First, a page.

(with insults) and to get it to behave (i.e., transform into the good
body) which one could then love. Whatever the cause, it lowers
body-esteem and keeps it beaten down. Since body-esteem is a part of
self-esteem, it also lowers self-esteem and keeps it beaten down.
Wherever you are on the ruler, to work on healing low body-image, your
object is to slowly move towards a higher number, but, and here is the
key, just by a fraction of an inch.
When the topic of body image arises, my patient is very frustrated. She
asks, "Are you saying I have to like my body?" She doesn't realize that
I would never say that. That's going too far. To go from vicious
body-hate to "I like my body" is not a possibility. To go from vicious
body-hate to just plain body-hate, that works. As I describe the ruler
to my patient, she mulls it over. "Ah," she looks at me amazed, "you
think I should hate my body just a little bit?" She believes I have lost
my mind. "Exactly my point," I say. "How about hating your body just
little tiny bit less?" I use my hands to show a little tiny bit of air.
"You hate your body this much," I gesture to a whole lot of air, "and I
don't expect you to like it or even not hate it, but how about lessening
the self-hate a mite? Even a little lessening goes a long way to making
you feel better about yourself."
My patient is stunned by my seemingly insane thought pattern, but
something about its crazy logic is making sense. Also, though my patient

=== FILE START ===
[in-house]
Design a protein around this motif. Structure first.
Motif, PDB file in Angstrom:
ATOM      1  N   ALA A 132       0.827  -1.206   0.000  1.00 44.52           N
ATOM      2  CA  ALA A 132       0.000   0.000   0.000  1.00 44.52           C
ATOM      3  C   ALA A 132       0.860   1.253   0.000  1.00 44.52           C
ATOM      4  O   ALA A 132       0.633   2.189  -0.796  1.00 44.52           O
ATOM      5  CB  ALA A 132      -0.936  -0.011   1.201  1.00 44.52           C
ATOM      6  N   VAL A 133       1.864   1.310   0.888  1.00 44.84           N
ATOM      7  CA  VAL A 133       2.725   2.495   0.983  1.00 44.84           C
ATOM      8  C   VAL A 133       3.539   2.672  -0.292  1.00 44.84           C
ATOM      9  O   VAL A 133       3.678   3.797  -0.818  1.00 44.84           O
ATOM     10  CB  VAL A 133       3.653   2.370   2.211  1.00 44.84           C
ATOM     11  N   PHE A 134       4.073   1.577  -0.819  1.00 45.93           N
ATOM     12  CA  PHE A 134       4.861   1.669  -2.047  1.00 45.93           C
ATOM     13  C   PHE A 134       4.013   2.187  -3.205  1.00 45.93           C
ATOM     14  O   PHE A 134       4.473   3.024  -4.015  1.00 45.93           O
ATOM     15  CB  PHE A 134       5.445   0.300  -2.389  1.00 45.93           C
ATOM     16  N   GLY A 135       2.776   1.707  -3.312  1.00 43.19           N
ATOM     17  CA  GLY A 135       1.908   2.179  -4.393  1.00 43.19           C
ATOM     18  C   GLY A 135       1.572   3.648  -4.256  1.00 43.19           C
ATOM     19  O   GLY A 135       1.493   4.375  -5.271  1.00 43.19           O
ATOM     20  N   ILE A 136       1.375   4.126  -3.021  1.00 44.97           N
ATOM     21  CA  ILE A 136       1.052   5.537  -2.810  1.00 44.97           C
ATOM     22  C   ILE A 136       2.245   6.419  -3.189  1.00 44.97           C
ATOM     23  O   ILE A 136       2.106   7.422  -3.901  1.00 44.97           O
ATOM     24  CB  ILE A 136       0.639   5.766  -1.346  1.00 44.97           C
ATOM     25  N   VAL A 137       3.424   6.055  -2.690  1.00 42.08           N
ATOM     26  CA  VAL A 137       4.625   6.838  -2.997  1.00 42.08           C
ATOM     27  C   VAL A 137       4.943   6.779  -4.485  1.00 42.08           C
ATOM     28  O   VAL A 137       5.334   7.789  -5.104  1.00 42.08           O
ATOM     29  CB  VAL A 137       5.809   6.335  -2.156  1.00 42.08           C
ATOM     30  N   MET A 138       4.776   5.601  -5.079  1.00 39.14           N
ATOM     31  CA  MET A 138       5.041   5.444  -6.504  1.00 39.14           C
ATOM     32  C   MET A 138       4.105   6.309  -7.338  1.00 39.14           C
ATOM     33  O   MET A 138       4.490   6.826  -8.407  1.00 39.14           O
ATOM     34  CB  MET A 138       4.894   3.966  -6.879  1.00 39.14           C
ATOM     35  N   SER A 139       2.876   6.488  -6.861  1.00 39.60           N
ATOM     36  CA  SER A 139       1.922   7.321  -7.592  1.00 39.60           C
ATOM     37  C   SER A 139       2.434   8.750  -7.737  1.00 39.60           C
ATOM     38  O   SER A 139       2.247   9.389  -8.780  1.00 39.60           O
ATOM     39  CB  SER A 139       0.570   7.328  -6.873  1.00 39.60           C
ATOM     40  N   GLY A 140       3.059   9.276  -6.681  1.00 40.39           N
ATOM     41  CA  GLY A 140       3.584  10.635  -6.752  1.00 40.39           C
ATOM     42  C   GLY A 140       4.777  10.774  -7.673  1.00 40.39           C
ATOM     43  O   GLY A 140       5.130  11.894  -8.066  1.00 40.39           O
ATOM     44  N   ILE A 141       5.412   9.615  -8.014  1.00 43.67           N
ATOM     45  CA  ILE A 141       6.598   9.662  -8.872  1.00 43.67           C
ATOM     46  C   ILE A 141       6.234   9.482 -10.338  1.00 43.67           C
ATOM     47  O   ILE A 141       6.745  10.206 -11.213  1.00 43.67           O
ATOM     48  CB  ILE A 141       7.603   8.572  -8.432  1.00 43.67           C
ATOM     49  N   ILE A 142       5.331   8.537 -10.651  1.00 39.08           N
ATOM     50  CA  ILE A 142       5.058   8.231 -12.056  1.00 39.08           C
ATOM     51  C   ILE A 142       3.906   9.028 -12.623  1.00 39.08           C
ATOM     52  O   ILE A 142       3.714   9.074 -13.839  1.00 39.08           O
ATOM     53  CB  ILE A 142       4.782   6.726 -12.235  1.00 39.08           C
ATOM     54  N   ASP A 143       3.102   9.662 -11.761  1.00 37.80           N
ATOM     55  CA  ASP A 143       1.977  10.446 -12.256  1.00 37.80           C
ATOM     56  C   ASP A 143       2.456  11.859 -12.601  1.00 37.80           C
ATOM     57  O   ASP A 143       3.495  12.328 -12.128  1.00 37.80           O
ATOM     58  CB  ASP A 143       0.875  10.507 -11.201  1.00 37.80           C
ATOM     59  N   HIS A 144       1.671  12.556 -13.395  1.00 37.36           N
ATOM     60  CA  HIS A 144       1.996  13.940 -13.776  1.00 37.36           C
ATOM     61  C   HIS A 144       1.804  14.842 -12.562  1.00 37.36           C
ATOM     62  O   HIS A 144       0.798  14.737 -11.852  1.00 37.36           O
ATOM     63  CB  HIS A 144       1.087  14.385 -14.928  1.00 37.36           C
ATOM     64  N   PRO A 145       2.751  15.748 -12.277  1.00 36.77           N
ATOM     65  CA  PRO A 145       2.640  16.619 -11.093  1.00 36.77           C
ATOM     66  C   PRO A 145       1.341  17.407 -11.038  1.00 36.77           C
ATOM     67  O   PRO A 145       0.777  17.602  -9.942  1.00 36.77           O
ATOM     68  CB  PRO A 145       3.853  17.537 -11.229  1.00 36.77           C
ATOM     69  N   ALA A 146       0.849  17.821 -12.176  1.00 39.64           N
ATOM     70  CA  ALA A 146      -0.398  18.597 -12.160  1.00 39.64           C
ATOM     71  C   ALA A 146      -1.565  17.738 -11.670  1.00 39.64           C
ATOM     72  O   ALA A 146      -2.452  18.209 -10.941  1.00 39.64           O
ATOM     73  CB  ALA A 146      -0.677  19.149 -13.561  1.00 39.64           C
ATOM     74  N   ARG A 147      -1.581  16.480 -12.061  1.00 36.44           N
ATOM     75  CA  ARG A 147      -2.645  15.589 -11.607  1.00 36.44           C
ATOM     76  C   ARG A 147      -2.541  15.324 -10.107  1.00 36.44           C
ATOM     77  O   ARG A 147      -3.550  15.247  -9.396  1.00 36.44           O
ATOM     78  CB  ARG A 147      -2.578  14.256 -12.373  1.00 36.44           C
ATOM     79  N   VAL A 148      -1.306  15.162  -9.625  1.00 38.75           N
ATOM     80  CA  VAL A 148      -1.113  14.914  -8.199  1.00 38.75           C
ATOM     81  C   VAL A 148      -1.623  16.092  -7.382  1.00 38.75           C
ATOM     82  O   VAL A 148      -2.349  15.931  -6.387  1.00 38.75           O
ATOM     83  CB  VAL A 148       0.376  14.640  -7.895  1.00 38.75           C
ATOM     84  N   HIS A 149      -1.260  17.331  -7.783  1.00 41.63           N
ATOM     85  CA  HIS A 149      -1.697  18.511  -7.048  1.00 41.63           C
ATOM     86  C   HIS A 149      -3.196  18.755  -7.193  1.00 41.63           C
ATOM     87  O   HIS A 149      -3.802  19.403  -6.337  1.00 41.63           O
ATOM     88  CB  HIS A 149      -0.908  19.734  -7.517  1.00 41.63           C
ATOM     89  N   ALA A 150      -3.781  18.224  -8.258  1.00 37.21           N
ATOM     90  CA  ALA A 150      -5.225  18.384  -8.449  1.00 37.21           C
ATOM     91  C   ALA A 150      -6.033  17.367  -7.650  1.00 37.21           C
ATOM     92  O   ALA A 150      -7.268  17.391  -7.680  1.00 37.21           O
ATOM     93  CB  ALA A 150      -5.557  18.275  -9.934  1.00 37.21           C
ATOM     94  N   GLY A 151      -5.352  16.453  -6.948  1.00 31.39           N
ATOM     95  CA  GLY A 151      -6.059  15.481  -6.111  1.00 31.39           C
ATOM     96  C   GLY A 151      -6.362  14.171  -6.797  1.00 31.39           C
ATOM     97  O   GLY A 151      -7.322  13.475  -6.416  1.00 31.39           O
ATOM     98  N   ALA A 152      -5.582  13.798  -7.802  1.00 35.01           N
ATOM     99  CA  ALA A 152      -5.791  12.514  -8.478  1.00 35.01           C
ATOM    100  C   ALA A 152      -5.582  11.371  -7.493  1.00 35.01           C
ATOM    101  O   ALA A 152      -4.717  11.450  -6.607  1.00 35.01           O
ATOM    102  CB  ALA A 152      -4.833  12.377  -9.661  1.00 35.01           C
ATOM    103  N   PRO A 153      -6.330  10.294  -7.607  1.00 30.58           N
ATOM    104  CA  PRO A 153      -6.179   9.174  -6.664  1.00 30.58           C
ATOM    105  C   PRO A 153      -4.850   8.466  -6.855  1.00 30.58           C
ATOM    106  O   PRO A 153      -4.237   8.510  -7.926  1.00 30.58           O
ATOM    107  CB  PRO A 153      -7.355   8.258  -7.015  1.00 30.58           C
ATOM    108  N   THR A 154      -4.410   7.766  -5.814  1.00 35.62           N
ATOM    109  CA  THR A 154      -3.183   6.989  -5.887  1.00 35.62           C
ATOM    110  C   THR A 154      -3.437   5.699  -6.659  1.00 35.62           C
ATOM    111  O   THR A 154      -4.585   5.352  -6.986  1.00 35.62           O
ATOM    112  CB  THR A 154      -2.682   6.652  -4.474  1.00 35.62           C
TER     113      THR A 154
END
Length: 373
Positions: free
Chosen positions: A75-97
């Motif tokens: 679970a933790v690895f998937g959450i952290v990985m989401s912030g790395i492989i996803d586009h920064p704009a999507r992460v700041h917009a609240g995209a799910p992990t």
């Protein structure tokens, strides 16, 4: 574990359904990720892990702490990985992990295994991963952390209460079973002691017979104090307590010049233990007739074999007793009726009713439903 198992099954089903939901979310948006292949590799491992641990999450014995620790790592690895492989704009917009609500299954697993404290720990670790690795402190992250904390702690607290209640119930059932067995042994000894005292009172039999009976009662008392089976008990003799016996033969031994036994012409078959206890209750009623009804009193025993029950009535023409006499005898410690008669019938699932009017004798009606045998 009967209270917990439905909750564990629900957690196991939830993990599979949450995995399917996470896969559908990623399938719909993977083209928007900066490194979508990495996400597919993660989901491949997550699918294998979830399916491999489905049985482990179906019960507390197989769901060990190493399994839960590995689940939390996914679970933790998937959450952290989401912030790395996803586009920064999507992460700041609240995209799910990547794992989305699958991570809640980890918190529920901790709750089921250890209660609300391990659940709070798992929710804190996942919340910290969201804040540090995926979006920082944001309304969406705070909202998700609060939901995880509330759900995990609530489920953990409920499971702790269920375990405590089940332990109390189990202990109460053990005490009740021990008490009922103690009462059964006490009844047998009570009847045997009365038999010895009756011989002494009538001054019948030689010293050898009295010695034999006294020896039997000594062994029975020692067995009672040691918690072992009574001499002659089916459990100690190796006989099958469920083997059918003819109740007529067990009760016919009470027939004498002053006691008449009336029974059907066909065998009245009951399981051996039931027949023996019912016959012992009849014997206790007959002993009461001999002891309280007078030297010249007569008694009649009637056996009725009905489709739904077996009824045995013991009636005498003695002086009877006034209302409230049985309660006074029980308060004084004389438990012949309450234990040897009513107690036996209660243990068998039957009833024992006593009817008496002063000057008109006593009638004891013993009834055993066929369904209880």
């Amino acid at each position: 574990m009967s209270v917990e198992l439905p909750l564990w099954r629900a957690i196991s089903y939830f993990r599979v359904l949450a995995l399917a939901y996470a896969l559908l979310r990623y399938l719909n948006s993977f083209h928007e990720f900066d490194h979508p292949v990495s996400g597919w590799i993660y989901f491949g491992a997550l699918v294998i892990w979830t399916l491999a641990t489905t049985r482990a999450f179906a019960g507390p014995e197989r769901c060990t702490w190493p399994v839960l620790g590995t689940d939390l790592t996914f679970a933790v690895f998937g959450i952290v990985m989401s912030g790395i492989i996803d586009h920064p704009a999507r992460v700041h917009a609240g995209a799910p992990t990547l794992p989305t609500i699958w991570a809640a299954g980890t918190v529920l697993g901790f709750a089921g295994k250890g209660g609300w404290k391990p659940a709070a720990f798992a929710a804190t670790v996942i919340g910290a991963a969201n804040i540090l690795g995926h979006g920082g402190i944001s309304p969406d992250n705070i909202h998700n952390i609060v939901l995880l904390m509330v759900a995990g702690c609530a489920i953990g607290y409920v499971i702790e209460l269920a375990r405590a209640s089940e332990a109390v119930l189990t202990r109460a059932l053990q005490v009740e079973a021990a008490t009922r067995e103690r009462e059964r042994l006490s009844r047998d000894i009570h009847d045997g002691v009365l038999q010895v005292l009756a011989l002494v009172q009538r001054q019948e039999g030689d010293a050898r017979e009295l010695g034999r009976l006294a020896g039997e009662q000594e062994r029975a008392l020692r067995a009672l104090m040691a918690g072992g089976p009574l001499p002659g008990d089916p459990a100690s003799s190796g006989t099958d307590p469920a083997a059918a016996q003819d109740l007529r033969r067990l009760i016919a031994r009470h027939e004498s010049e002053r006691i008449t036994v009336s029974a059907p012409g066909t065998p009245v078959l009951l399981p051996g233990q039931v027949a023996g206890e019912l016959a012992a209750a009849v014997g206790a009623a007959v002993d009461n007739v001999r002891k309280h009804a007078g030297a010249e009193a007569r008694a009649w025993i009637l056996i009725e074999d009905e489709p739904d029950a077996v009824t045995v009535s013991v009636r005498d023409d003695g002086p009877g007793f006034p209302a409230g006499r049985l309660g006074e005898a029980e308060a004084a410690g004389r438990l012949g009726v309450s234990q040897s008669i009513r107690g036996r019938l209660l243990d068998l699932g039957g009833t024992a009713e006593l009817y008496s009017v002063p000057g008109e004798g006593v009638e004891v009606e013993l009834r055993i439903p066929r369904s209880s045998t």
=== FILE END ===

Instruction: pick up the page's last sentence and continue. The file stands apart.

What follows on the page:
feels justified in hating her body, she really doesn't want to have low
self-esteem, so she is willing to entertain my notion. " That's the way
I've seen people recover from body-hate and low body-esteem," I persist,
"just a bit less starts the process. The hate lessens by a smidgen, it
feels pretty good, and it creates a beginning, a first step in healing
body-esteem. The bits add up over time and changes occur." Often the
patient is shocked. She hates her body but not as much. How did this
happen? It's weird. "Where did that intense body-hate go?" It can be a
confusing experience. I warn my patient, "As you work on hating your
body a little less, it will test you. It will try to win you back, try
to get you in the swing of the old self-punishment, self-humiliation
cycle. "Please, please," body-hate will beg, "come and play with me.
Just call yourself a fat pig and I'll call you that too, and we can
play." Or it may just call you a fat pig, or something equally
unflattering, and see if you bite. You will bite at first. But
gradually, your response will be firmer. "I am tired of hating my body.
It takes too much time. I don't want to spend my energy this way."
Time goes on. My patient is working on decreasing body-hate. One day, I
hear the magic words. "Of course my body's disgusting, but I just don't
care if it is or not. I want to live my life. I can't think about it so
much."
When I hear a patient say those words I am jubilant. I know she's
getting better. It makes me happy when she says she doesn't care about
hating her disgusting body. I know that sounds funny, but it's because I
know she is improving. She is picking up stakes and moving out of the
body hate-camp. She is leaving behind years of body-hatred, of endless
insults and mirror terror. She is leaving a vicious kind of inner abuse.
It is so good for her. It will help her in many ways. Her body-esteem
will rise and with it, her self-esteem. The energy tied up in the
vicious self-hate will be released and, after she gets her bearings and
gets used to this new state, she will feel proud to have made this
change.
So you see, as crazy as it sounds, you really can greatly improve your
body-image while still hating your body. You just need to use a ruler.